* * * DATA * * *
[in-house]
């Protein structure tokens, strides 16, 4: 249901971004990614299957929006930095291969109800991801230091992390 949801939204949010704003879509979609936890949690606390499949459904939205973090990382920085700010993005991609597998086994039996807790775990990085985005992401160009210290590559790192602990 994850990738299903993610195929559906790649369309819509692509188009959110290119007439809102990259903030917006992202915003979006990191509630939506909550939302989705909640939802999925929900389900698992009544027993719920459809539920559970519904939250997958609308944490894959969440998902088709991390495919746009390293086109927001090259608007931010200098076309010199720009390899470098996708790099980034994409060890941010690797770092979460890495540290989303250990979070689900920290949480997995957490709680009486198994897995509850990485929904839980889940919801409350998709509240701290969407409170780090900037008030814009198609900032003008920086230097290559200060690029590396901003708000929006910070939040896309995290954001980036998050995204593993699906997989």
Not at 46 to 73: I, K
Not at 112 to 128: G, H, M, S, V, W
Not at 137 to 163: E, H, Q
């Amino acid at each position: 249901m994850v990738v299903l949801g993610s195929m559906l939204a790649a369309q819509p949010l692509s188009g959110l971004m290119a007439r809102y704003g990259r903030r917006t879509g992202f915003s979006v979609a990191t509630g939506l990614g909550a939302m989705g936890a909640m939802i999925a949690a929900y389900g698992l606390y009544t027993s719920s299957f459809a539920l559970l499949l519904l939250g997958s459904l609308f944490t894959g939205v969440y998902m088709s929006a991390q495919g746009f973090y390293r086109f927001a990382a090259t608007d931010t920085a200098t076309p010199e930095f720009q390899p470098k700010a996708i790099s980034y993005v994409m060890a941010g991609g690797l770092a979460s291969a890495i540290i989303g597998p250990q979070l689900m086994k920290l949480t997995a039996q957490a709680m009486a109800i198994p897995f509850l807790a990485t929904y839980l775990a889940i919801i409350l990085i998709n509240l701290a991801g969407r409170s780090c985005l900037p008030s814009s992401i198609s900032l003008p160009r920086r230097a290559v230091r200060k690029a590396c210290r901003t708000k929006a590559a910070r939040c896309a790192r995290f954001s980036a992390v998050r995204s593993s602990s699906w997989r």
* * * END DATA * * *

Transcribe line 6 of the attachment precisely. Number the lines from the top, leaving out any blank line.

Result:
């Amino acid at each position: 249901m994850v990738v299903l949801g993610s195929m559906l939204a790649a369309q819509p949010l692509s188009g959110l971004m290119a007439r809102y704003g990259r903030r917006t879509g992202f915003s979006v979609a990191t509630g939506l990614g909550a939302m989705g936890a909640m939802i999925a949690a929900y389900g698992l606390y009544t027993s719920s299957f459809a539920l559970l499949l519904l939250g997958s459904l609308f944490t894959g939205v969440y998902m088709s929006a991390q495919g746009f973090y390293r086109f927001a990382a090259t608007d931010t920085a200098t076309p010199e930095f720009q390899p470098k700010a996708i790099s980034y993005v994409m060890a941010g991609g690797l770092a979460s291969a890495i540290i989303g597998p250990q979070l689900m086994k920290l949480t997995a039996q957490a709680m009486a109800i198994p897995f509850l807790a990485t929904y839980l775990a889940i919801i409350l990085i998709n509240l701290a991801g969407r409170s780090c985005l900037p008030s814009s992401i198609s900032l003008p160009r920086r230097a290559v230091r200060k690029a590396c210290r901003t708000k929006a590559a910070r939040c896309a790192r995290f954001s980036a992390v998050r995204s593993s602990s699906w997989r």